Introductions

Hello Again! Thank you for visiting.  My goal is to write something (anything) everyday.  For the past couple of days I’ve been working on today’s post, and still haven’t finished it! As soon as I got home this afternoon, I made a big salad and then sat down with my laptop to get busy writing to you.  I hope you’ve had a wonderful day.

For all of you hungry people out there – here’s what’s in my salad: Spinach leaves, a random bag of lettuce (IDK  what kind – it’s green), pickled sliced beets (my favorite), orange slices, tomatoes, and cucumbers.  It’s topped with plain Kefir, which I recommend, especially if you’re a buttermilk lover like me – it’s got a similar taste, and is great for your digestive health.  Locally, the only Kefir brand available is the one produced by Lifeway.  I don’t know how it compares with other brands, so you’re welcome to post a comment below about your favorite kind/brand of Kefir.

I also poured a little bit of blue cheese dressing on my salad, because that’s what people do.

Getting Down to Business

If this is your first time visiting the site, “Hello, it’s nice to meet you.”  This blog is my writing outlet – I write whatever I want to (poetry, opinions, rants, informational, inspirational, humor, you get the picture), and sometimes folks read it.  If you’d like to know more about me and why I blog, click the About Me page above.  Here on WordPress.com, we bloggers like to write and read, and other stuff, we’re creative, like you.  Come and join us – start a blog for free.  It’s not spinach, but it’s probably still a very healthy choice.

A common theme in conversations I’ve heard lately is that of juggling work with family.  The consensus is that everyone wants to spend more time with family.  The one thing that seems to prevent them is work, too much work, so much work that it cannot be completed without putting in overtime – LOTS OF overtime.

You guessed it! The folks, and I, having these conversations lately are teachers.  How did you know?  But teachers aren’t the only ones who experience the family/work tension.  Grab your salad, and let’s dig in.

First, A Story

At a church I once worked in as the Children’s Minister, several volunteers cornered me and asked me what I was going to do about ‘The Closet Mess’.  My mind reeled with ideas of what they could be referring to: an actual closet, a rumored closet, a situation where someone was caught with someone else in the closet, skeletons in the closet, skeletons coming out of the closet – the possibilities were endless.  Aha! I thought, here is the moment all of my expensive, private, Christian college education has prepared me for.

I have a Theology degree.  I can handle ANYTHING.

The ‘Closet’ in question turned out to be a real, actual closet in the church building, which was disappointing considering the well-thought out exhortation I had mentally prepared.  Oh, well, ‘Love Thy Neighbor’ and ‘Mind your own Business’ would have to wait.

I was shown to a room on the first floor, with an, “I LOVE JESUS,” poster on the wall.  In the corner was the closet in question.

The class meeting in that classroom needed a place to store their supplies, the volunteers explained.  “Why can’t they use this one?” I asked, naively. (Oh how naïve I was.)

“Open it,” they replied.  I did.  I wished I hadn’t.

“It’s your problem now,” they said.  I turned back around to ask a question.  Everyone had scampered.  “You didn’t see us!” and “We were never here!” they shouted from far away down the hall.  I looked again at the unbelievable seven by four foot wall of junk.  The closet was full of trash.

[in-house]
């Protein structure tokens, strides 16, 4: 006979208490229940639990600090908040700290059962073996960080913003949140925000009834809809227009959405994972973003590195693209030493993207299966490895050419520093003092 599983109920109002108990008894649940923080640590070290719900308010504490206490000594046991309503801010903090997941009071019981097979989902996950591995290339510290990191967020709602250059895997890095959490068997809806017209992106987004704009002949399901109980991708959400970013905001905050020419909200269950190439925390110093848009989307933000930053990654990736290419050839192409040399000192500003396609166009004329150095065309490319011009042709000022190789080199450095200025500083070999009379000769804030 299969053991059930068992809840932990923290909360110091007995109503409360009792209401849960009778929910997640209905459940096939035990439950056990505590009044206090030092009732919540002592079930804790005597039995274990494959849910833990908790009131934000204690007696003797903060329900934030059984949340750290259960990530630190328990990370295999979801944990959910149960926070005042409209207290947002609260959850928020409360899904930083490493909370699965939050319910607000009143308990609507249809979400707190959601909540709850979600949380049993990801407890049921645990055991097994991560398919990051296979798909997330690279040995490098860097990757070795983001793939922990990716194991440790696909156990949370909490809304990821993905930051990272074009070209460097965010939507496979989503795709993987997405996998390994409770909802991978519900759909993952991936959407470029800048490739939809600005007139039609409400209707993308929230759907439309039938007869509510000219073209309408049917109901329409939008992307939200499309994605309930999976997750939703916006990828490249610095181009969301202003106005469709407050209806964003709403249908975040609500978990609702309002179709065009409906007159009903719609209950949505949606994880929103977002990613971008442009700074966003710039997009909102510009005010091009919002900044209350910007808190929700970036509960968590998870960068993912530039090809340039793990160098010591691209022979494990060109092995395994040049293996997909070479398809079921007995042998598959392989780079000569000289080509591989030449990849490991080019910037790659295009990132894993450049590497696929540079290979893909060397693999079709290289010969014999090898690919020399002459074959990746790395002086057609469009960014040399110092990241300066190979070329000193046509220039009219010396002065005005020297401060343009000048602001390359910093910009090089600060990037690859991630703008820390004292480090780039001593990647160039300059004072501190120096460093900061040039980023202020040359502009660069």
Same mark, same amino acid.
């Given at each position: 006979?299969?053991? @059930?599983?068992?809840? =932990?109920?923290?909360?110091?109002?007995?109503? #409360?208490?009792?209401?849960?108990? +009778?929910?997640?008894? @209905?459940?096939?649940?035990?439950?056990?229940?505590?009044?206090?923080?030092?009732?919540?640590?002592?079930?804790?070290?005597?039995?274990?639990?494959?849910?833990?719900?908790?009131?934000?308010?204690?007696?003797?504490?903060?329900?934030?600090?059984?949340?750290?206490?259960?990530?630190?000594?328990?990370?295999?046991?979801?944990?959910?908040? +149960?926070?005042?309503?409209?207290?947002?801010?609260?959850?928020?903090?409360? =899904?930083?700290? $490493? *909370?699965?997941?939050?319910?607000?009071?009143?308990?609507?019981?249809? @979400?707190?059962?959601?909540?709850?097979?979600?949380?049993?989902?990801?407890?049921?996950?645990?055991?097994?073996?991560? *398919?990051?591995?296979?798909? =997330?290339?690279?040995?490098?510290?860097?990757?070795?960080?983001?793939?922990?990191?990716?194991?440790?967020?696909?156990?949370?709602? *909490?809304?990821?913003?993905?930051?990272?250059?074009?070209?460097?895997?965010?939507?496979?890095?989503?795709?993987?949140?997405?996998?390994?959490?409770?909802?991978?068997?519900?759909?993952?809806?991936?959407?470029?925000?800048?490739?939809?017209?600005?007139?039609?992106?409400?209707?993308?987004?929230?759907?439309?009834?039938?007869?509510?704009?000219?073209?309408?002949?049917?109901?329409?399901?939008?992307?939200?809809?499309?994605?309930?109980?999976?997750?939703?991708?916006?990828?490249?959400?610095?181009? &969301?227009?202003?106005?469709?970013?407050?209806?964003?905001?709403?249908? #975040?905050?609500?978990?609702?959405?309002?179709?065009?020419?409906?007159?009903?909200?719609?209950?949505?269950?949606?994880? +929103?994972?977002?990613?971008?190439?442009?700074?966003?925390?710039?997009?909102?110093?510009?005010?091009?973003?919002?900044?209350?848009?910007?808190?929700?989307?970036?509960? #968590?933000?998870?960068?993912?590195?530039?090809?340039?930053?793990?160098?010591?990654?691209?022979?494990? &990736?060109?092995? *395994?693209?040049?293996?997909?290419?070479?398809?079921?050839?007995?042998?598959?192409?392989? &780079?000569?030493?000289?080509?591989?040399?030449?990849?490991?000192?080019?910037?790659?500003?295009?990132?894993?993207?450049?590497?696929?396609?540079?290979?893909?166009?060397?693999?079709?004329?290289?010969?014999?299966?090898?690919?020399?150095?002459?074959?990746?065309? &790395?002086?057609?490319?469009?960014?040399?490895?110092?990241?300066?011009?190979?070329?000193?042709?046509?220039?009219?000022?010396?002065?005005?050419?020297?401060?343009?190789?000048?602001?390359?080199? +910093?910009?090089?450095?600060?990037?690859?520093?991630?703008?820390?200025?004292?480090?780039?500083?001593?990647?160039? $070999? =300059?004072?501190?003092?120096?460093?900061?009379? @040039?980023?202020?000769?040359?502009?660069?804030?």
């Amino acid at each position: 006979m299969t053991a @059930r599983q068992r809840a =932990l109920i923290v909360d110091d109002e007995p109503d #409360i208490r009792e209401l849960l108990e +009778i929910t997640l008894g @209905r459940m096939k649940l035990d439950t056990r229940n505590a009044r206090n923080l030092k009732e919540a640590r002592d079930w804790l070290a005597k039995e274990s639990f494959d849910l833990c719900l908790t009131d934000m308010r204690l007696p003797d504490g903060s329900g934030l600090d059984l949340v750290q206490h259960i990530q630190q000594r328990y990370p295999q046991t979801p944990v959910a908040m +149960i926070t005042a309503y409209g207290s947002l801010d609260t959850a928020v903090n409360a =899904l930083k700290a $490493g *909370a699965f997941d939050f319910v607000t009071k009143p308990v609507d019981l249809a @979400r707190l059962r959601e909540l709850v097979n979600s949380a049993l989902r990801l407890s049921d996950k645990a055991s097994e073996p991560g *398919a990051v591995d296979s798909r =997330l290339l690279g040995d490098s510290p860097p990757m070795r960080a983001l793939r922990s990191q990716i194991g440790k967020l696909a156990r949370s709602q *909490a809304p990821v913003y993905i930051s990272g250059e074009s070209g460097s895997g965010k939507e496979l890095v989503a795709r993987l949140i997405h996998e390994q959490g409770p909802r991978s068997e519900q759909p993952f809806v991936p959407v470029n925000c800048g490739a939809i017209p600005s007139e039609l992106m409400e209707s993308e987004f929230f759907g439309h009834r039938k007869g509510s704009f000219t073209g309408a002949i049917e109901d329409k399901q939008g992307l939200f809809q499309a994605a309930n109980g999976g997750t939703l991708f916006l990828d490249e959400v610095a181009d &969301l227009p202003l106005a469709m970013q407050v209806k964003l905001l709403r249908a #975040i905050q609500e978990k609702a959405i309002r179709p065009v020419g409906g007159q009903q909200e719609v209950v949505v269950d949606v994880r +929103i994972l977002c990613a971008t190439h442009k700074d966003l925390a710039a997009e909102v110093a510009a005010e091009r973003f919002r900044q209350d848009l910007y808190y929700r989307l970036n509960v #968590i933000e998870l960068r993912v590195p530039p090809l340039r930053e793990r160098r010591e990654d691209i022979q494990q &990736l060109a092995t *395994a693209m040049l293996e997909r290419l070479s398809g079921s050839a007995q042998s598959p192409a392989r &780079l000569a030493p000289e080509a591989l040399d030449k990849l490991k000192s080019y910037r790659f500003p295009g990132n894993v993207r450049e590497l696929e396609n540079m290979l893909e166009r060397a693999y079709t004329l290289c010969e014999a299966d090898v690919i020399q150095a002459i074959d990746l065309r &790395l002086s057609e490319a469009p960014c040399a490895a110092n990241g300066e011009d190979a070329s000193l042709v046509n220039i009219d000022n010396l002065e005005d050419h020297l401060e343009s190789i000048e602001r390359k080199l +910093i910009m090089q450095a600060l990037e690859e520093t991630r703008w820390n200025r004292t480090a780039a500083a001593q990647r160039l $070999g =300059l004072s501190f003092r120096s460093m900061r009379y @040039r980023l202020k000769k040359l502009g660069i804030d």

It turned out that a few church committees had stalemated over the disposal of used church curricula, denominationally produced Bible study materials, and convention newsletters.  The result of this was a more than 25 year pile up of paper, cardboard, and dust.  The shelves, barely reachable, contained a few of the supplies teachers had managed to wriggle out a space for plus old maintenance supplies from before the pile up had gotten out of control.  I counted crayons, glue, glue guns, markers, paint, spray paint, paint brushes, turpentine, nails, screws, caulking, metal spatulas, hammers, a box of razor blades, and matches.

A perfect combination for an unlocked closet in the corner of a 3rd through 5th grade boy’s Sunday night discipleship class…

…and also a perfect picture of the mess we sometimes find ourselves in when work, life, and relationships fill our time with more work than is humanly possible to manage.

Time to Take Control

In order to take control, and keep control, we must be intentional about our lives.  Here is how I manage and organize, not only closets, but time as well.

1. Give it a Purpose:

Wherever there is a vacuum, a void of space, the universal law is that it must be filled.  If we do not set a purpose for our closets, drawers, hours, and days – others will step in and set a purpose for us.  This should be avoided at all costs.  No one knows what your life’s purpose is, or how your time should be spent more than you.

The first thing I did with this closet was to give it a purpose.  Since the Sunday School committee and the Discipleship committee and the Financial committee and the Committee on Committees committee couldn’t agree on sharing monies and supplies, the closet’s purpose was to be a storage of arts and crafts supplies for the teacher of the Sunday night discipleship class.

When you give something a purpose, Say It Out Loud.  Say it with Confidence.  Don’t listen to nagging voices, or doubts.  Determine what you want and set out to get it.  Saying it out loud is just an affirming way of agreeing with yourself.  Saying it with Confidence lets everyone else know that you mean business and it’s time to get the HECK out of your way.